Today is the installation day for a new exhibition in the Anatomical Museum at Edinburgh University looking at Colonising Mars. Our team looked at anatomical changes.
Here is our piece – Life on Mars with David.
Let me start by acknowledging that David was carved as a white man and we are meant to be decolonising everything but we went with David – despite the known issues about proportions and it being carved so that it looked correct when viewed from below – because it was easier to show a colour change and we had a pop culture reference to address.
Also acknowledging the words of the evolutionary anatomist we consulted that ‘trying to predict evolution changes is an exercise in futility’ – view the piece as a conversation starter.
Also – selection pressure isn’t really a thing anymore as we do not allow the weakest in society to die (quite rightly). It is no longer an evolutionary advantage to have certain physical traits.
All that been said – What did we change?
Height – The gravity on Mars is 38% of that on Earth. It is the resistance to gravity that gives our bones their strength. Bones lose up to 5% of their mineral density per month of space flight. The reduced gravity would lead to more fragile bones and hence increase the likelihood of fractures. We thought we would address this by developing a stockier frame to protect against fractures.
Head size – as bone fractures are more likely we thought that birth would be more likely to proceed by C section. There is a debate that it is the passing through the birth canal that limits the size of the human head. With this restriction gone, head size could increase. (Mitteroecker, P. et al (2016) cliff edge model of obstetric selection in humans PNAS,113(51))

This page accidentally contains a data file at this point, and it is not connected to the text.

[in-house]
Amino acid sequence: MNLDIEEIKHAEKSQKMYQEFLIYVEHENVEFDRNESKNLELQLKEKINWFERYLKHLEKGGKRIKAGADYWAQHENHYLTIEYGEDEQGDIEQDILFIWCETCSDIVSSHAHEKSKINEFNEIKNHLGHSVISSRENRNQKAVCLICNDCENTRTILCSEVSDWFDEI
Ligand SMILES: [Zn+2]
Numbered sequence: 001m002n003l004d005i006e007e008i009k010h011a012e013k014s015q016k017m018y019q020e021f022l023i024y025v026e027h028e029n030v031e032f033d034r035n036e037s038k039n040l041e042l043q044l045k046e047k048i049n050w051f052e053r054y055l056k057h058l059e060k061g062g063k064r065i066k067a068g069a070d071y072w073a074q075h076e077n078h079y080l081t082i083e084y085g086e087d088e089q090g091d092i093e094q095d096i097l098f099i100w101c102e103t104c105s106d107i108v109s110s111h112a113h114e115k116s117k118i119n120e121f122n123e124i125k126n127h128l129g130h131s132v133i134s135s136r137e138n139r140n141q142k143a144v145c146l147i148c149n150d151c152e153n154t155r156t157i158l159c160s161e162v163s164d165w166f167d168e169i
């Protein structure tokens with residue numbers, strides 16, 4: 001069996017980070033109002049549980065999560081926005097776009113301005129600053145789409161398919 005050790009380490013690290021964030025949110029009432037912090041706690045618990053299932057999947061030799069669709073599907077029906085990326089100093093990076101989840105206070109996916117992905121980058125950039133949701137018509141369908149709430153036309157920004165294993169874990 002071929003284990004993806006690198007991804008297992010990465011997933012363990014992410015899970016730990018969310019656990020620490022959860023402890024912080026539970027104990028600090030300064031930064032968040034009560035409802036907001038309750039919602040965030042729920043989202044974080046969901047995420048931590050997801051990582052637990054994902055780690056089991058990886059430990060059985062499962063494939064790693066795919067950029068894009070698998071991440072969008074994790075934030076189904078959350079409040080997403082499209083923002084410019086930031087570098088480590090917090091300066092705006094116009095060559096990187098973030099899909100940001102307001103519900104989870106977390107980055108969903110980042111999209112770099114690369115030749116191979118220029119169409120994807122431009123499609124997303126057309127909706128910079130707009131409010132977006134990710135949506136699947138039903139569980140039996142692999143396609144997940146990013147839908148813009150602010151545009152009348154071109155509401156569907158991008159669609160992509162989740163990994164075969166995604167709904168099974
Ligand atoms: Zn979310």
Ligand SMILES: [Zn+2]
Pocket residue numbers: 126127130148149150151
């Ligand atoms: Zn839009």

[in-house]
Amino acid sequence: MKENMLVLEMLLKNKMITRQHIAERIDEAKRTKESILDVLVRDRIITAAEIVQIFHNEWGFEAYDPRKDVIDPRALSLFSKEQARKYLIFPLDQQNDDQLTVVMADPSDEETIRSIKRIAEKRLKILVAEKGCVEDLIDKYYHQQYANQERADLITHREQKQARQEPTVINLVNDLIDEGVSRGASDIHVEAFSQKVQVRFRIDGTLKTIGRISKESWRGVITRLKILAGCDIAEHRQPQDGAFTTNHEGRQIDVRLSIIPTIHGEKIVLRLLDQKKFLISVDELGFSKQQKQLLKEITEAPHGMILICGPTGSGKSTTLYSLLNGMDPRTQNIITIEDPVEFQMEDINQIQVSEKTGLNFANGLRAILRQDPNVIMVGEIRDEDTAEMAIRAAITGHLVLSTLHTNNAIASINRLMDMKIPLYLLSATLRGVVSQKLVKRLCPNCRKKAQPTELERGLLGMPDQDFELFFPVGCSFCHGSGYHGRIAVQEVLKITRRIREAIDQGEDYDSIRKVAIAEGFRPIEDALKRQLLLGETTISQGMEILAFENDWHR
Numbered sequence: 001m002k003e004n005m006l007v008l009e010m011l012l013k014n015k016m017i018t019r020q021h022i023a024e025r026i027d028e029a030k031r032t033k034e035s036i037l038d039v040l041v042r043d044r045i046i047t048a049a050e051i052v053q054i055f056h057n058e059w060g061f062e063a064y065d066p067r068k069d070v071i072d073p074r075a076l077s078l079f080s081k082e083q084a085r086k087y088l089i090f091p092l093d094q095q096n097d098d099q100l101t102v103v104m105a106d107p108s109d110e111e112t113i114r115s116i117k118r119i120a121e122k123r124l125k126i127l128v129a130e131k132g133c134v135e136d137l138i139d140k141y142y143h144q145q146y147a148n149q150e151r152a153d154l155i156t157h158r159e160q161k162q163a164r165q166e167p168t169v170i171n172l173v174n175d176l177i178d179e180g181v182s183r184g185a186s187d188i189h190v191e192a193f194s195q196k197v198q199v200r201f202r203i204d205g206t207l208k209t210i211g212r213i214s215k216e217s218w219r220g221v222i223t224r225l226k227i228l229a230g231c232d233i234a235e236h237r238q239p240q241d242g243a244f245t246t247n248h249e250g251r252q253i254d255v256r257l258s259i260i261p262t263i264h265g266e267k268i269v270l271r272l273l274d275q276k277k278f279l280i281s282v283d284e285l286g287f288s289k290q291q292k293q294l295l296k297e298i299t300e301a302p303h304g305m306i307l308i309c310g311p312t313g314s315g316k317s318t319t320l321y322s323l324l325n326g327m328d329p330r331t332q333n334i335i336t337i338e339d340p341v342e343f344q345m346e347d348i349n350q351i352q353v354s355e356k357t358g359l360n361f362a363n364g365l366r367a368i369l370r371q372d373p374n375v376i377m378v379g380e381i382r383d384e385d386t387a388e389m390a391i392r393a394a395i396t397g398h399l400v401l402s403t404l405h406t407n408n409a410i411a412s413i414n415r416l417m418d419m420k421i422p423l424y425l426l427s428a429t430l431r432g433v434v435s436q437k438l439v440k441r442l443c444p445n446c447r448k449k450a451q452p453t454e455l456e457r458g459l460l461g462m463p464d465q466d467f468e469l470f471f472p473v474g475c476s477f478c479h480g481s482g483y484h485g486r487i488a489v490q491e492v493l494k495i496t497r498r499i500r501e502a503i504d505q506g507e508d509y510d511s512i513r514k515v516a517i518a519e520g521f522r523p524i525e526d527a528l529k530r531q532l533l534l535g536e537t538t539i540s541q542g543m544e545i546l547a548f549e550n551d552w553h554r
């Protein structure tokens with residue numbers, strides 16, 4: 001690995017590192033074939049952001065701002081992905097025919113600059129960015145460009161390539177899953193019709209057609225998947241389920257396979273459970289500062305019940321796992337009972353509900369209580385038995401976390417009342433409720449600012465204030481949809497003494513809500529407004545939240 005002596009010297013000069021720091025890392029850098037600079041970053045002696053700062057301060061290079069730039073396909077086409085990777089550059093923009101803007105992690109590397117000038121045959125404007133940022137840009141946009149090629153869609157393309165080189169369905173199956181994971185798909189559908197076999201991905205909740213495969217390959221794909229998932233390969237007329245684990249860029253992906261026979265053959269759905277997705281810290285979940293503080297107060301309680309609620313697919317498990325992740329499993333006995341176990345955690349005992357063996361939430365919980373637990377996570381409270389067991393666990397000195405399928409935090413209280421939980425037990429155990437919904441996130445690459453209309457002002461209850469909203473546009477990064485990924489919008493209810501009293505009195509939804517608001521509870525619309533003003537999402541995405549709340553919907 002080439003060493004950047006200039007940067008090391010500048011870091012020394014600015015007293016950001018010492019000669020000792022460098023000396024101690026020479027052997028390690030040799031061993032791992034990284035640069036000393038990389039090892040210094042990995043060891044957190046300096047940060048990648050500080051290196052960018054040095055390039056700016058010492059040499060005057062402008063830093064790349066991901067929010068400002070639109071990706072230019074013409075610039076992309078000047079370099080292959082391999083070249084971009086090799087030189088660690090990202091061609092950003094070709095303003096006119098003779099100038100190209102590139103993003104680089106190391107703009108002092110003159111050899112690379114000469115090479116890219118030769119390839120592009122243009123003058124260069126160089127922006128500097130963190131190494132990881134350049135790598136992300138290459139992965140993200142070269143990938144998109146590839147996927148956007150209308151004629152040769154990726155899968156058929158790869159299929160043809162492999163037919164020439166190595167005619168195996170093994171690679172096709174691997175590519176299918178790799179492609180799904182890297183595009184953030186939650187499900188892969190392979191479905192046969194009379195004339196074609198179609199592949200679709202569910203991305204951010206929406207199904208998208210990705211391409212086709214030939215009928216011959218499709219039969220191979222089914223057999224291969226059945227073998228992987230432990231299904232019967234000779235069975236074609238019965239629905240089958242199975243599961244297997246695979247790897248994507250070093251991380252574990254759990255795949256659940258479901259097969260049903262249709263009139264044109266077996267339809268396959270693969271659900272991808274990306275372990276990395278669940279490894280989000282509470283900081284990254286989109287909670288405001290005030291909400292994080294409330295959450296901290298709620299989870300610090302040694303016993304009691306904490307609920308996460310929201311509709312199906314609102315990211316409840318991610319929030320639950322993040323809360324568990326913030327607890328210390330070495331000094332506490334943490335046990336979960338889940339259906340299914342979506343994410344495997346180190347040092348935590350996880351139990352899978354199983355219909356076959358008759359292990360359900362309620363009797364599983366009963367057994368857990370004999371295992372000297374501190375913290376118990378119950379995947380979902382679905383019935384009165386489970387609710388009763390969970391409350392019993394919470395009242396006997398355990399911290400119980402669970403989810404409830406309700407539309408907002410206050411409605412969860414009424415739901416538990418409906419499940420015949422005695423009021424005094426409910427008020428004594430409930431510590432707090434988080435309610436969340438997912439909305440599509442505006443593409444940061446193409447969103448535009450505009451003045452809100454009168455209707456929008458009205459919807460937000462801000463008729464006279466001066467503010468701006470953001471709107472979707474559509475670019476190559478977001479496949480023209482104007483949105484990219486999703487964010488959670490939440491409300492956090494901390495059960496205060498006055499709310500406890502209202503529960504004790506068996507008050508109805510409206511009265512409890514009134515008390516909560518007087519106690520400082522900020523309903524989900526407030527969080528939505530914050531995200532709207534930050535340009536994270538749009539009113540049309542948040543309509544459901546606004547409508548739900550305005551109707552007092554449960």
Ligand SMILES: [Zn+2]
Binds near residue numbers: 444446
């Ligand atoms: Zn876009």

Eye size – the light on Mars is the equivalent to a cloudy day on Earth. The adaptions that the eyes might make would probably all be internal but that doesn’t work on a model, so we made the eyes bigger.
Skin – the annual exposure to radiation is greater on Mars – 30 millisieverts as opposed to 3. For some reason all of the people discussing colonising mars have increased the pigmentation in the skin with carotenoids rather than melanin. We couldn’t find out why but increased the orange colour to fit in with the prediction that skin pigmentation would increase.
Spleen – we developed a bulge on the left to indicate a larger spleen. We based this on research on the Bajau people who spend a lot of their time free diving. These people have larger spleens. Upon exposure to an oxygen restricted environment- part of the divers response, the spleen pushes a large volume of red blood cells into the circulation so that the breath can be held for longer. We thought there would inevitably be some sort of breach of the containment on Mars and so the ability to hold the breath for a longer time might be helpful and might actually be a genuine evolutionary selection criteria. (Trenkman,M. (2018) A breath holding adaptation. Nature Review Genetics 19.)
Limb circumference – some of our body shape is due to the distribution of fluids within our tissues. This is affected by gravity and so a reduced gravity would redistribute our fluids. According to NASA the circumference of the leg can reduce by 30% during space flight (sitn.hms.hardvard.edu/flash/2013/space-human-body/). We wanted to reflect this effect and so reduced limb circumference and removed the chiseled abs.
We hope it starts a conversation and maybe makes people aware of what parts of their bodies’ do and why they are like they are.